To most customers, service centers are more or less all the same. When it comes time for a tire rotation or an oil change or a brake replacement, their decision is made between a number of shops that are, ultimately, direct substitutions of one another. And that “sameness” is often shared when it comes to the unpleasant waiting area customers have come to expect.
Unlike the doctor’s office or DMV, both of which also have fairly gruesome waiting areas, there’s no “insurance policy” or “legal obligation” reason for customers to select one service center over its competitor. Sure, they’ll choose one that’s convenient. And a coupon may sway some. (My dad, conversely – like many who grew up during the his time – wants to feel reassured that his vehicle is being treated respectfully.)
Perhaps my dad aside, at the end of the day, what most customers really want is for this hour their day – of their lives – to be spent in a space a little more humanizing. Whether it’s the charisma in the customer service dialogue or the appeal of the environment, there’s a lot of opportunity to offer a more palatable experience – and, in doing so, differentiate yourself from otherwise highly-substituted alternatives.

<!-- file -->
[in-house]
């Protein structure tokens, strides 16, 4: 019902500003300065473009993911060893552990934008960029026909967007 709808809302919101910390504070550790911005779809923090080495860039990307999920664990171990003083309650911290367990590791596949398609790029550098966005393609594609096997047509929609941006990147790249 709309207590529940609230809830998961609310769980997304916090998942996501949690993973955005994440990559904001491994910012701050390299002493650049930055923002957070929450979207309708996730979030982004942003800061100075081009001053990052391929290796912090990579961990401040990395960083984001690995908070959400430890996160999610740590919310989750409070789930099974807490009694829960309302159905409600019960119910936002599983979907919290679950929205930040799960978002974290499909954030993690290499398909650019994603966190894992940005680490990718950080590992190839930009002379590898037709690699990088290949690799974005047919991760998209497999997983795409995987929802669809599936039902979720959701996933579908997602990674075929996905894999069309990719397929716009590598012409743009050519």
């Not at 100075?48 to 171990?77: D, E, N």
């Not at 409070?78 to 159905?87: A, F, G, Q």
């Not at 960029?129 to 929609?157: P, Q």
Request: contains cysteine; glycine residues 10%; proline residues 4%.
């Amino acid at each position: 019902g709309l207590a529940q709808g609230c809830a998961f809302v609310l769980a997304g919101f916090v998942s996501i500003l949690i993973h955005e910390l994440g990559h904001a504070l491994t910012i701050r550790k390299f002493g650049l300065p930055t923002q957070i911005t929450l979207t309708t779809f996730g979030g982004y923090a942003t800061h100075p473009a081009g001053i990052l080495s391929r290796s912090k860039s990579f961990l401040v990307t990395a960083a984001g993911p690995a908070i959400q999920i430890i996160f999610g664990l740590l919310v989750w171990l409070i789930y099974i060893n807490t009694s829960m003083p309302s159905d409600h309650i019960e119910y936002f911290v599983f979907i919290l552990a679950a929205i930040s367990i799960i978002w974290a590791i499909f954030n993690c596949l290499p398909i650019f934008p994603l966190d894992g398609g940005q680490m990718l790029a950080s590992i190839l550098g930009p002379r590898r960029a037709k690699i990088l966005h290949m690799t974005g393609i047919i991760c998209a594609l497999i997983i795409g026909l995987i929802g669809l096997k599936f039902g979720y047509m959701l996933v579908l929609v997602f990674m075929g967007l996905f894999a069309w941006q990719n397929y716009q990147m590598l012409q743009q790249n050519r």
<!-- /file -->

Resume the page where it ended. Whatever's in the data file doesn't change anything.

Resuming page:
The solution involves more than complimentary coffee and ragtag magazines pertaining to an industry that, to be blunt, matters very little to customers beyond this hour. Give them a space that preserves their innate human-ness; that caters to their basic needs. Nobody wants to be made to feel that they’re merely a car-key and another buck.
Offer them real chairs. And real magazines. Paint the walls a color other than putty, and empower your employees to speak to them as something more than strangers. Let them amuse themselves: a putt-putt hole or trivia. (And, for those of you already doing it, continue handling the vehicles like they are your own. This means the entire world to my dad.)
Make it an hour your customers enjoy, and they’ll start to look forward to spending it in your shop over anybody else’s.